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Strangely enough, last time I had this error was in the OSX Chameleon bootloader when I had installed it incorrectly. I'm inclined to think it's a kernel error or some other software related issue that a grub repair should fix.


0

you can use boot repair burn it as image on cd and leave it . it will repair every thing. http://sourceforge.net/projects/boot-repair-cd/ after that u can boot ubuntu again.


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Simply renaming both bootx64.efi in the EFI/Boot folder and bootmgfw.efi in EFI/Microsoft/Boot so that the firmware could not find either of it's default options caused it to use grubx64.efi which is the refind bootloader on this machine.


0

In Ubuntu, open a Terminal and enter sudo nano /etc/default/grub. Now you should see a line which says GRUB_TIMEOUT=0, meaning it'll wait 0s to boot the default OS. Set this to another value, e.g. 10 and save with Ctrl+O, exit with Ctrl+X. Now apply the changes with sudo update-grub.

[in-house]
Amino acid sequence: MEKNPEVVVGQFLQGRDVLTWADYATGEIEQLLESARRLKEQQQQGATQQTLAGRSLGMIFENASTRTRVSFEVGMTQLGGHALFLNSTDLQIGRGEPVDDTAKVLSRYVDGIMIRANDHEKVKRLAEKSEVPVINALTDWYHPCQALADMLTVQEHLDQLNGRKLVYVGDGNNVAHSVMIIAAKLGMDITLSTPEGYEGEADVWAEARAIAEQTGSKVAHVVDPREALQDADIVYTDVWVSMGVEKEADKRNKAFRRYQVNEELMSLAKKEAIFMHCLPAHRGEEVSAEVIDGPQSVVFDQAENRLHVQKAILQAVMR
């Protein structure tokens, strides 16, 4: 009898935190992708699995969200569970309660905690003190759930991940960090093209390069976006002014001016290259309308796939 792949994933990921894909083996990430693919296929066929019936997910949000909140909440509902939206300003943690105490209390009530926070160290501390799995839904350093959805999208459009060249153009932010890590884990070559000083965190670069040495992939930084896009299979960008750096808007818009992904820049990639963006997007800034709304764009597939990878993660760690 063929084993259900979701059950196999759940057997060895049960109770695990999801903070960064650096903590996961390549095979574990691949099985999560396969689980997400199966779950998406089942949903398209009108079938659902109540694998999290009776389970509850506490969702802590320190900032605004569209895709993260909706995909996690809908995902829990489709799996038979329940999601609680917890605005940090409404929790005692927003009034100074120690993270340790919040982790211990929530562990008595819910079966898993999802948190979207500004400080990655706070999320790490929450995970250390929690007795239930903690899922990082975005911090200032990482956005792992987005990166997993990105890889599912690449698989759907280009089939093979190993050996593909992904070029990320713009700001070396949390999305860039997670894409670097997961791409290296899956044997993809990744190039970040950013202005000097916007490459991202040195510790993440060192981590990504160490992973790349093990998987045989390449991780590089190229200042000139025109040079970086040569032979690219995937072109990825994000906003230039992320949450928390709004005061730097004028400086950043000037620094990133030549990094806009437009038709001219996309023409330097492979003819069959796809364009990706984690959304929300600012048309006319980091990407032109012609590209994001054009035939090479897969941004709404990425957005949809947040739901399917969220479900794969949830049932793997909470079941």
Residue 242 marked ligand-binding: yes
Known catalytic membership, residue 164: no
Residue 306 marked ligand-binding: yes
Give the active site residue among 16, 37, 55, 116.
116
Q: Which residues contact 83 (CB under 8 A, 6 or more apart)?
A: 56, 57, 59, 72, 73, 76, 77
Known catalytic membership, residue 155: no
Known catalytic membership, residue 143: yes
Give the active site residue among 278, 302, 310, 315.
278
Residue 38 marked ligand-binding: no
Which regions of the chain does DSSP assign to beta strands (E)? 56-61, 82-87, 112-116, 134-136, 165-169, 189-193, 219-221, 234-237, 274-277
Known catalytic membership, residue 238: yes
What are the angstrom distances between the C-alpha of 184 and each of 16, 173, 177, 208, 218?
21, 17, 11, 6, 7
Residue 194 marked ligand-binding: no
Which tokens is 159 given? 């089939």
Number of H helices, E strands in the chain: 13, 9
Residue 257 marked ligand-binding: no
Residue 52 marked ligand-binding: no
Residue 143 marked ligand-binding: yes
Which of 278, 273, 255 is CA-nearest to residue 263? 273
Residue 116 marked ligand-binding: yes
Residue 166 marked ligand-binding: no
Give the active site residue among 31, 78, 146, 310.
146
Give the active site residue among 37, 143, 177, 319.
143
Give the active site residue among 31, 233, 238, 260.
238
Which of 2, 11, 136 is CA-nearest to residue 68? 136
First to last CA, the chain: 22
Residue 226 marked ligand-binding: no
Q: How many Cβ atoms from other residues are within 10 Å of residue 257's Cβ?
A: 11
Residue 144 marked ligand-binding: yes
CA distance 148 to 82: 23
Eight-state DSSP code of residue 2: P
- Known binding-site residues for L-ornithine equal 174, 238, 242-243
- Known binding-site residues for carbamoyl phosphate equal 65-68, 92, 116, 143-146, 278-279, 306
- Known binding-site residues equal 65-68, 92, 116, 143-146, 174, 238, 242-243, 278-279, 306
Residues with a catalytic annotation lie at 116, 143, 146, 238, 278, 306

0

Open and edit sudo gedit /etc/default/grub. You will see the following contents: GRUB_DEFAULT=0 GRUB_HIDDEN_TIMEOUT=0 GRUB_HIDDEN_TIMEOUT_QUIET=true GRUB_TIMEOUT=10 You can change the GRUB_DEFAULT from 0 to any number, corresponding to the entry in the GRUB bootup menu (first entry is 0, second is 1, etc.) Set the value of the GRUB_TIMEOUT as 10 seconds ...


0

Use Ubuntu Boot Repair: https://help.ubuntu.com/community/Boot-Repair Use unetbootin (http://unetbootin.sourceforge.net/) to create bootable usb disc with the boot-repair iso file. Boot into usb and click 'automatic repair'


3

You need to apply the ISO to your DVD, not burn the ISO as a data file. Most burning suites will have an option like create dvd from disc image, that is what you'll need to choose, then browse for the ISO, insert a blank DVD, and click burn. You will then be able to boot the DVD, and install Ubuntu.